Maine Laptop Program Studies Fail to Convince Me

Someone I believe associated with (or in support of) the Maine laptop program pointed me to three downloadable studies archived here under MLTI Research Reports that evaluate the ongoing performance of the program's effects on students and teachers.

I've read the reports, and I'm still seeing the same problems that I write about before:

  • Significant, objective, quantitative results are absent from the reports (see below)
  • Subjective surveys are useful as a touchpoint, but they don't address the actual performance changes, just the subjective experiences; these must be correlated. If 90% of teachers who report that laptops have made a significant difference in students' attendance can be correlated to show that yes, in 75% of those 90% reporting, absenteeism was down by a significant factor (5%? 10%), that means something.
  • Obvious correlation apepars to be missing. Couldn't a random sampling of student essays be taken from classes in which there are high and low laptop use over the period surveyed and evaluated using standard tools for language skills? If laptop-using classes showed an average improvement in grade level of writing and thinking by a half a grade, or any significant amount, that would be phemonenal.

The report from March 2003 is forward looking: it asks for anticipated outcomes. The general report from Feb. 2004 has subjective questions of teachers, principals, and students up until we get finally to roman numeral page 27 (not the PDF number, but the page number):

Of the 154 schools who responded to the survey, 114 report that they were able to track data for at least one of these three areas. However, due to time constraints at the school level, as well as difficulties gathering non-computerized information, data was received by the evaluation team from only 8 schools.

This is exactly the information I'm curious about, and there is a statistically tiny sample. The report states:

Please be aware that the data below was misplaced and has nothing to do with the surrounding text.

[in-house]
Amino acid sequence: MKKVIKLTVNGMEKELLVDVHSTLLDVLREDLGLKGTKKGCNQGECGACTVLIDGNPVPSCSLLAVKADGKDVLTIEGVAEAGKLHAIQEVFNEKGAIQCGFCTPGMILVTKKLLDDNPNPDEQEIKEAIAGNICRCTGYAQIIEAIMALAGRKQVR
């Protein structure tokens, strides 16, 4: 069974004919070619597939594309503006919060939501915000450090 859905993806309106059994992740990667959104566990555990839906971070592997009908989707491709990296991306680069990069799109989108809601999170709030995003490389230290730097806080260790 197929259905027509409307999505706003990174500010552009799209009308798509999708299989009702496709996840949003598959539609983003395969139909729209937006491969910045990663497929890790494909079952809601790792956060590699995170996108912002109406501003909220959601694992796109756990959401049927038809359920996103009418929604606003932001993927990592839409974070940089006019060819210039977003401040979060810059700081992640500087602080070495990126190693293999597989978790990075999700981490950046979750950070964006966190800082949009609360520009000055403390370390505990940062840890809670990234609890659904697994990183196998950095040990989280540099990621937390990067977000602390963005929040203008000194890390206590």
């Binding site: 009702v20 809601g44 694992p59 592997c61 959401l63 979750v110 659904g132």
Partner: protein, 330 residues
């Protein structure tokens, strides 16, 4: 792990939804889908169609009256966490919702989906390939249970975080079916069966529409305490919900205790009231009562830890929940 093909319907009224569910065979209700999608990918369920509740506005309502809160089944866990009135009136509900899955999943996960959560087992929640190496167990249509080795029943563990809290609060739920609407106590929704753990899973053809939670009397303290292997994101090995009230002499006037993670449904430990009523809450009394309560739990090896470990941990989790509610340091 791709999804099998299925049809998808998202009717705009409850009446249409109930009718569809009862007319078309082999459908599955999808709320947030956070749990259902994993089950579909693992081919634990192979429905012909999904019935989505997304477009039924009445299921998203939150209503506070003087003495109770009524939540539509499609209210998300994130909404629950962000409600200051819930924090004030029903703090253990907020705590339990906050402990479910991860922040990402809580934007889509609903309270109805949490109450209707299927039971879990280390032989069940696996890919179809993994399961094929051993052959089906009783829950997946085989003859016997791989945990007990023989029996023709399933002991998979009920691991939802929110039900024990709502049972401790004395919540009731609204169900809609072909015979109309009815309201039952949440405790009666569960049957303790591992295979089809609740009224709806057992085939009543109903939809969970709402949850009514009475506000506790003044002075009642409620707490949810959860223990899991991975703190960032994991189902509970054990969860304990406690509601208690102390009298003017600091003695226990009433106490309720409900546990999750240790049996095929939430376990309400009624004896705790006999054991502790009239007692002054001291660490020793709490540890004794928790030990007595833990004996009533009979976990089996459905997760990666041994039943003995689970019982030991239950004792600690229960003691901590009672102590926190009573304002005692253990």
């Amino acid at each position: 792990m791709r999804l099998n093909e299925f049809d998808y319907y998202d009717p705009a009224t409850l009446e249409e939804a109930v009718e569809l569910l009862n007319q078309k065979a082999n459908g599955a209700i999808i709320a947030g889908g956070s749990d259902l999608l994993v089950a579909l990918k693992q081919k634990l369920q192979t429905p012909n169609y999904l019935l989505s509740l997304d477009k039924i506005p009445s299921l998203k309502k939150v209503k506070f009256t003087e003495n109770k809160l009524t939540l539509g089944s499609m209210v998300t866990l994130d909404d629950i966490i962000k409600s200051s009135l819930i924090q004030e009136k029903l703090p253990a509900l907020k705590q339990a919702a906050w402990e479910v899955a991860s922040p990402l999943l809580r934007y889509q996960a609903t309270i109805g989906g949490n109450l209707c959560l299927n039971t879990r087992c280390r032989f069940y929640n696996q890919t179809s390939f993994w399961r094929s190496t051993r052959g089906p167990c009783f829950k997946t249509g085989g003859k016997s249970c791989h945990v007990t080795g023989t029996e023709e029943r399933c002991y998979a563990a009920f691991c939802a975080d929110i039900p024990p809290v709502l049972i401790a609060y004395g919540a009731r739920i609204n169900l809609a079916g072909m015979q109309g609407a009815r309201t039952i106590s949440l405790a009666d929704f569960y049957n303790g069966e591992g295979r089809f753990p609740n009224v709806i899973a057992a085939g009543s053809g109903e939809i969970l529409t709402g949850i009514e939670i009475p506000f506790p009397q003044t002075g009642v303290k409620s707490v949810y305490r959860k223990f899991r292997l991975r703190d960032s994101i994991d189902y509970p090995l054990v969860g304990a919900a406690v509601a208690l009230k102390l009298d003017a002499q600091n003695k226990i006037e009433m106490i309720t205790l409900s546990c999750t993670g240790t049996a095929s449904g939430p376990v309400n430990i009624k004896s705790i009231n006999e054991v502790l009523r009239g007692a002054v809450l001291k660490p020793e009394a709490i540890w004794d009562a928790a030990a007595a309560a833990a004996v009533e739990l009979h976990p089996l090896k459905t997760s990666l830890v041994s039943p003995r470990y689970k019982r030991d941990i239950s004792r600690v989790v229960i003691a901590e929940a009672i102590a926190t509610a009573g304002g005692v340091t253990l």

…the limited amount of concrete evidence to support these claims indicates substantial further research is needed in this area. Which is my point. The response rates from school employees note on page 7 are totally unacceptale for producing results. The subsample of responses isn't balanced against all schools in any way that I can see, so the results charts and graphs can't reflect the true range of response and behavior. About teacher training, another concern of mine: One message heard consistently by educators during the 15 month Phase One evaluation is the lack of sufficient time for teachers to become more skilled technically in using the laptops, and more skilled pedagogically in integrating the laptops into their instruction.


There is a lot of discussion of technical problems, but there is no comparison of the hours used to deal with them and the disruption of education balanced against the many anecdotes citing the improvement in efficiency in getting to the heart of the lesson by bypassing mechanical computation and repetitive tasks.

My conclusion from reading the three reports is that teachers, students, and administration love the currency of information that laptops connected to the Internet provide, and that it's extremely clear that students are being better educated as active participants in the information economy: they have a better sense of what's happening now and around them, and teachers are much better able to introduce material that is the most accurate, complete, and comprehensive.

I wish more of the reports focused on ways to measure whether having more current information and more information in general produced students who became better lifelong learners, earners, and citizens.